This view might sound weird coming from who has no regrets at all about her c-section, but therein is the key. I had a say in it; that's what I chose, more or less. Sure, I could have pushed for trying naturally, and having twins most definitely doesn't mean you have to have a c-section(and in fact at first I was planning/hoping to do it normally), but that's what FELT RIGHT to me for the twins' delivery, based on our circumstances, and I have not once regretted it. I even had a quick, easy recovery! But I would love to do it the normal way, too, be more involved.

Anyway...Your feelings do matter, you have every right to feel this way, and it doesn't take away from the gratitude you have for Michael or the love you feel for him. (Not that you feel that way, but I've heard other women say they were made to feel guilty when they expressed their similar feelings, as if they didn't fully appreciate the sweet little "end result"!)

Sara said...

"But I do believe that sometimes there is too much focus on the baby and the doctor's personal preferences, and not enough focus on the woman who is actually doing the delivering."

I COULD NOT AGREE MORE. I was saved in my delivery by a nurse who was a certified doula and a midwife-in-training - and she became my partner as we took control of the world. I was a "pain-in-the-nether-regions" patient, but I had heard too many stories of moms-to-be being railroaded into a delivery they didn't want for no other reason than it didn't fit a prescribed pattern. It's the big reason that made me select a Midwife this time around.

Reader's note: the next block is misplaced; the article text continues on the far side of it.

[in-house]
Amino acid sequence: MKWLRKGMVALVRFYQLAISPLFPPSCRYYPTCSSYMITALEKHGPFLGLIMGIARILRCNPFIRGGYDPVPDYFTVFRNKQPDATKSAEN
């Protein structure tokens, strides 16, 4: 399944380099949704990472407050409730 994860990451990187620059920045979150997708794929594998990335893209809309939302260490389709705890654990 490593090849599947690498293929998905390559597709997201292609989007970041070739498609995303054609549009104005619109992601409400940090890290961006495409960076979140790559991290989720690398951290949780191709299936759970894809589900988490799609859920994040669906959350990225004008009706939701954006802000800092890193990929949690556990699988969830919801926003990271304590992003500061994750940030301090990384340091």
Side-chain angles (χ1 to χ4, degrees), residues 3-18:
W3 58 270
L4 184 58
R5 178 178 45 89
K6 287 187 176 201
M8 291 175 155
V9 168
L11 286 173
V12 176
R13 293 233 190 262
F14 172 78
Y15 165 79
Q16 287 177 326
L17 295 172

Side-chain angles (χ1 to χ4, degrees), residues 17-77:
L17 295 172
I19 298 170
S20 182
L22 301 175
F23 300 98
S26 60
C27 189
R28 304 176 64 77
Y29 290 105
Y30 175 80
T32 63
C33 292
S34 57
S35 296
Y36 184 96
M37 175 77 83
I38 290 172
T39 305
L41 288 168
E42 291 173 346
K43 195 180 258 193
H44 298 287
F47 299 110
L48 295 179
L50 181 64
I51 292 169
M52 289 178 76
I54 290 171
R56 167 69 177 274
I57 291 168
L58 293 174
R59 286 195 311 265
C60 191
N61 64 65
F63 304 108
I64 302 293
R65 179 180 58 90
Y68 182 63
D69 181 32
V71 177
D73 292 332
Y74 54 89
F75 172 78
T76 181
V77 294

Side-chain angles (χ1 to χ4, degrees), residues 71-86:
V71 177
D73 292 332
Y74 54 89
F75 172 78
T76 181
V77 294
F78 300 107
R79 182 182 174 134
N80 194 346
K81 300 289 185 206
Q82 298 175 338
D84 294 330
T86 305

And honestly? It DOES make a difference. I can tell you from being on the other end - it's empowering, and I cry that women end up with deliveries that make them feel like they had no part in the birth. Whatever kind of birth you have, if you get a say, it makes all the difference.


overlyactive said...

I totally agree with you Bonnie. My first birth was terrible in that I felt out of control of my situation. I thought I wanted a natural birth but I didn't have the support from anyone around me and that just doesn't work. It took me three tries to get it right. My last two were perfect births in my eyes. What I thought was a perfect birth could be completely different for someone else. My sister in law loves her C section deliveries and after clouts how "easy" her labor and even recovery is. I really think it's very individualized. I have a wonderful doctor who totally was in support of me having a doula. It made the most difference for me. I pray you will be able to have another delivery or at least come with peace with your first. Tons of love! Heather

Rob and Erin said...

Thank you, Bonnie. I had a VERY similar experience with our first. I was devastated after the c-section. It took me a long while to come to terms with it. I did learn a lot. One of those things being that it does indeed matter. I'm sorry you had to go through that.